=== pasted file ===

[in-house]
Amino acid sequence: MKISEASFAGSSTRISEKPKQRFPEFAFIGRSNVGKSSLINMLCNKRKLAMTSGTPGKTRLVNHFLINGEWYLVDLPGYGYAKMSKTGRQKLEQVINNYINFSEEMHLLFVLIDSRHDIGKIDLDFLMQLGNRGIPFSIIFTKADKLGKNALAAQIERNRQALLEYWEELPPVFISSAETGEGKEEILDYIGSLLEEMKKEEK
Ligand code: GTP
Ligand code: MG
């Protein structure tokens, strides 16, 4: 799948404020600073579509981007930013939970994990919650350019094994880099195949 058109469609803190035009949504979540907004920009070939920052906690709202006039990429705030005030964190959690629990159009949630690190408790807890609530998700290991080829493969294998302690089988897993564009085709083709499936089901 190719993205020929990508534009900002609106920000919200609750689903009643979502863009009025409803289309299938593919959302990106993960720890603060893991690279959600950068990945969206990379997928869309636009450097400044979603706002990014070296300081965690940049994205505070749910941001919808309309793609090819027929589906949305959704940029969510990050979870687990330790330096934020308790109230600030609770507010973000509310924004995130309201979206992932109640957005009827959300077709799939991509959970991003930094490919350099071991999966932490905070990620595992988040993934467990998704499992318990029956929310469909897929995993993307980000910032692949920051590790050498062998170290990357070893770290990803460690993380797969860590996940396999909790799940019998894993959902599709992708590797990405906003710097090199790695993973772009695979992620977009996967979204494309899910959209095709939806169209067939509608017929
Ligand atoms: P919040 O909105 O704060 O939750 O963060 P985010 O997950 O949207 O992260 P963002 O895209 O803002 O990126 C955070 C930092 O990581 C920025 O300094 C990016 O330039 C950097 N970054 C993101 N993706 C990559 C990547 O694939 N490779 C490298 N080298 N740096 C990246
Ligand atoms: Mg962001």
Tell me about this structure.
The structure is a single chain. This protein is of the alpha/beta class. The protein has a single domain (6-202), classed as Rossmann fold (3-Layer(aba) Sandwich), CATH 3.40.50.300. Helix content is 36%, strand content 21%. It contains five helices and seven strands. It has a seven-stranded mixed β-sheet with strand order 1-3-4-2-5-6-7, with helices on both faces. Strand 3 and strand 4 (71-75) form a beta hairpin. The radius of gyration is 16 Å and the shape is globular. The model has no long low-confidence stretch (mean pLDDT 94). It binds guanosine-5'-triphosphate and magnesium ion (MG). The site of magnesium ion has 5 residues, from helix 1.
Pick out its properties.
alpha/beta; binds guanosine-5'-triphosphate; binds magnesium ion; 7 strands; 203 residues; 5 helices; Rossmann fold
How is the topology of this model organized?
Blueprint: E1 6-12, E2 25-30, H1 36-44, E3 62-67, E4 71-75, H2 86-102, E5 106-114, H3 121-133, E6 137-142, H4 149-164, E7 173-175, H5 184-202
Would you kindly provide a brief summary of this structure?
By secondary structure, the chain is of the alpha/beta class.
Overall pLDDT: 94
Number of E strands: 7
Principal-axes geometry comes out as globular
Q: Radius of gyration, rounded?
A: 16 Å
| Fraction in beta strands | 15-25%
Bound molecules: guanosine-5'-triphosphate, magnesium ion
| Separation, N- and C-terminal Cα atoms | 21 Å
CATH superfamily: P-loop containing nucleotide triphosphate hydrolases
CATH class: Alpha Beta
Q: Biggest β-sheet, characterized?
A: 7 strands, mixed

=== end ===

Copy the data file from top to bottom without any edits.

[in-house]
Amino acid sequence: MKISEASFAGSSTRISEKPKQRFPEFAFIGRSNVGKSSLINMLCNKRKLAMTSGTPGKTRLVNHFLINGEWYLVDLPGYGYAKMSKTGRQKLEQVINNYINFSEEMHLLFVLIDSRHDIGKIDLDFLMQLGNRGIPFSIIFTKADKLGKNALAAQIERNRQALLEYWEELPPVFISSAETGEGKEEILDYIGSLLEEMKKEEK
Ligand code: GTP
Ligand code: MG
């Protein structure tokens, strides 16, 4: 799948404020600073579509981007930013939970994990919650350019094994880099195949 058109469609803190035009949504979540907004920009070939920052906690709202006039990429705030005030964190959690629990159009949630690190408790807890609530998700290991080829493969294998302690089988897993564009085709083709499936089901 190719993205020929990508534009900002609106920000919200609750689903009643979502863009009025409803289309299938593919959302990106993960720890603060893991690279959600950068990945969206990379997928869309636009450097400044979603706002990014070296300081965690940049994205505070749910941001919808309309793609090819027929589906949305959704940029969510990050979870687990330790330096934020308790109230600030609770507010973000509310924004995130309201979206992932109640957005009827959300077709799939991509959970991003930094490919350099071991999966932490905070990620595992988040993934467990998704499992318990029956929310469909897929995993993307980000910032692949920051590790050498062998170290990357070893770290990803460690993380797969860590996940396999909790799940019998894993959902599709992708590797990405906003710097090199790695993973772009695979992620977009996967979204494309899910959209095709939806169209067939509608017929
Ligand atoms: P919040 O909105 O704060 O939750 O963060 P985010 O997950 O949207 O992260 P963002 O895209 O803002 O990126 C955070 C930092 O990581 C920025 O300094 C990016 O330039 C950097 N970054 C993101 N993706 C990559 C990547 O694939 N490779 C490298 N080298 N740096 C990246
Ligand atoms: Mg962001």
Tell me about this structure.
The structure is a single chain. This protein is of the alpha/beta class. The protein has a single domain (6-202), classed as Rossmann fold (3-Layer(aba) Sandwich), CATH 3.40.50.300. Helix content is 36%, strand content 21%. It contains five helices and seven strands. It has a seven-stranded mixed β-sheet with strand order 1-3-4-2-5-6-7, with helices on both faces. Strand 3 and strand 4 (71-75) form a beta hairpin. The radius of gyration is 16 Å and the shape is globular. The model has no long low-confidence stretch (mean pLDDT 94). It binds guanosine-5'-triphosphate and magnesium ion (MG). The site of magnesium ion has 5 residues, from helix 1.
Pick out its properties.
alpha/beta; binds guanosine-5'-triphosphate; binds magnesium ion; 7 strands; 203 residues; 5 helices; Rossmann fold
How is the topology of this model organized?
Blueprint: E1 6-12, E2 25-30, H1 36-44, E3 62-67, E4 71-75, H2 86-102, E5 106-114, H3 121-133, E6 137-142, H4 149-164, E7 173-175, H5 184-202
Would you kindly provide a brief summary of this structure?
By secondary structure, the chain is of the alpha/beta class.
Overall pLDDT: 94
Number of E strands: 7
Principal-axes geometry comes out as globular
Q: Radius of gyration, rounded?
A: 16 Å
| Fraction in beta strands | 15-25%
Bound molecules: guanosine-5'-triphosphate, magnesium ion
| Separation, N- and C-terminal Cα atoms | 21 Å
CATH superfamily: P-loop containing nucleotide triphosphate hydrolases
CATH class: Alpha Beta
Q: Biggest β-sheet, characterized?
A: 7 strands, mixed